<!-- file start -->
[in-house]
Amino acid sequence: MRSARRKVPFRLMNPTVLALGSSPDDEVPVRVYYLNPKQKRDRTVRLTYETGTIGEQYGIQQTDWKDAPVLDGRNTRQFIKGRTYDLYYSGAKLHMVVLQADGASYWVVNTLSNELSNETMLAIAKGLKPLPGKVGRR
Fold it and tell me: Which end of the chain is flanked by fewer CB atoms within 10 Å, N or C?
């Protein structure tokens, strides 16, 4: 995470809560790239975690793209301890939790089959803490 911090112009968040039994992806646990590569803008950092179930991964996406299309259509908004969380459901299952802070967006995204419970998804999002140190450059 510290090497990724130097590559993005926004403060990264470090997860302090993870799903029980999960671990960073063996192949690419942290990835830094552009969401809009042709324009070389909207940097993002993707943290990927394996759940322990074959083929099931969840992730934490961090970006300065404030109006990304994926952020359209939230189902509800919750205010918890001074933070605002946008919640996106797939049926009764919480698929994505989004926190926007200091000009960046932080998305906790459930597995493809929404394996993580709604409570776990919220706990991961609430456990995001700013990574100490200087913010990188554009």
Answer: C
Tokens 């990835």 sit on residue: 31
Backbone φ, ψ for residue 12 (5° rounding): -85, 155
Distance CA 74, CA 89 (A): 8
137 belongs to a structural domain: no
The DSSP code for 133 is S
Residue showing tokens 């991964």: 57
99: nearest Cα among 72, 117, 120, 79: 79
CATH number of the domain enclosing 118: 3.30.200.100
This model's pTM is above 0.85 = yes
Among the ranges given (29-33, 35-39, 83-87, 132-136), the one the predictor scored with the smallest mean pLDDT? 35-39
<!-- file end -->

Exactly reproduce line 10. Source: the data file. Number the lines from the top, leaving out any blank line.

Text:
The DSSP code for 133 is S